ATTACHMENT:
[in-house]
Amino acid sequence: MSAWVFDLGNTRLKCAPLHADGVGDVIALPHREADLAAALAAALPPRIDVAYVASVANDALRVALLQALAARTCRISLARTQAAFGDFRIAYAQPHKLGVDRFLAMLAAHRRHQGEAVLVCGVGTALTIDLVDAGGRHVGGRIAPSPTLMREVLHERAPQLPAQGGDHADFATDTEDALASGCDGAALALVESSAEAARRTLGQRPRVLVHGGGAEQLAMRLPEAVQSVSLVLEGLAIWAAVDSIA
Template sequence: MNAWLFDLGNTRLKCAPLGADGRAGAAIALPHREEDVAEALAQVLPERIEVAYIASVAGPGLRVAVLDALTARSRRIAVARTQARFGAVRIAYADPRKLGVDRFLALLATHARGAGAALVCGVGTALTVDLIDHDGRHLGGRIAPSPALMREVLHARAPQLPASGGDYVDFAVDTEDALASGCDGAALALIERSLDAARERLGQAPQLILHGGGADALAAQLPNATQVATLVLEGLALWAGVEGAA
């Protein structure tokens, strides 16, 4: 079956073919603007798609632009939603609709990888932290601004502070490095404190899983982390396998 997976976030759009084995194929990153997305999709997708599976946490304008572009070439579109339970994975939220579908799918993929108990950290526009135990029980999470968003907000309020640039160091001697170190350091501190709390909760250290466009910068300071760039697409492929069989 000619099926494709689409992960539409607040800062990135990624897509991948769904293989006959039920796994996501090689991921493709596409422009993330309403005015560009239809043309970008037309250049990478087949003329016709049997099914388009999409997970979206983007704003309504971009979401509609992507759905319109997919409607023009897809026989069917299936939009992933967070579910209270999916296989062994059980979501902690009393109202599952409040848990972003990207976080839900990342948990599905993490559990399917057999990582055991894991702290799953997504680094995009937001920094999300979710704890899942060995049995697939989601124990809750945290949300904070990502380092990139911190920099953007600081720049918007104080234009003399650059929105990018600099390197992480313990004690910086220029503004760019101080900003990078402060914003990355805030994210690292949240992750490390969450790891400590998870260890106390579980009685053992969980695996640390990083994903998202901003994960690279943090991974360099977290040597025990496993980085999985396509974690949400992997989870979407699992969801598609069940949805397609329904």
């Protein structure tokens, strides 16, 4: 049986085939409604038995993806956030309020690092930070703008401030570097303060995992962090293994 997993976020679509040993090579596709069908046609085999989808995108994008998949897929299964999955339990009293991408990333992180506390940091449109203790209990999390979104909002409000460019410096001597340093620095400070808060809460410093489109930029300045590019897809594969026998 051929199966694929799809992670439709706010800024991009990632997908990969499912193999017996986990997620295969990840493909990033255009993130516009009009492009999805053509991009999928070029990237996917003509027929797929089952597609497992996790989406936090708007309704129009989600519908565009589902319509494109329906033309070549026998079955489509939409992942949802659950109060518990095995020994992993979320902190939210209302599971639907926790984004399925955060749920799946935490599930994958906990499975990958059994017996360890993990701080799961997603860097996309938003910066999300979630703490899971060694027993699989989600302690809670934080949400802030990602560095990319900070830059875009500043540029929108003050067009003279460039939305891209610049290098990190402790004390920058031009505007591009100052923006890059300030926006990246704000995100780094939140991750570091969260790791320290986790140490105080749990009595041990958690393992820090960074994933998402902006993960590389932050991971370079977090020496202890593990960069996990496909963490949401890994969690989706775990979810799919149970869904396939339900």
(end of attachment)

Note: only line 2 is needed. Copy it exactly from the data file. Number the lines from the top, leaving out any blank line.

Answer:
Amino acid sequence: MSAWVFDLGNTRLKCAPLHADGVGDVIALPHREADLAAALAAALPPRIDVAYVASVANDALRVALLQALAARTCRISLARTQAAFGDFRIAYAQPHKLGVDRFLAMLAAHRRHQGEAVLVCGVGTALTIDLVDAGGRHVGGRIAPSPTLMREVLHERAPQLPAQGGDHADFATDTEDALASGCDGAALALVESSAEAARRTLGQRPRVLVHGGGAEQLAMRLPEAVQSVSLVLEGLAIWAAVDSIA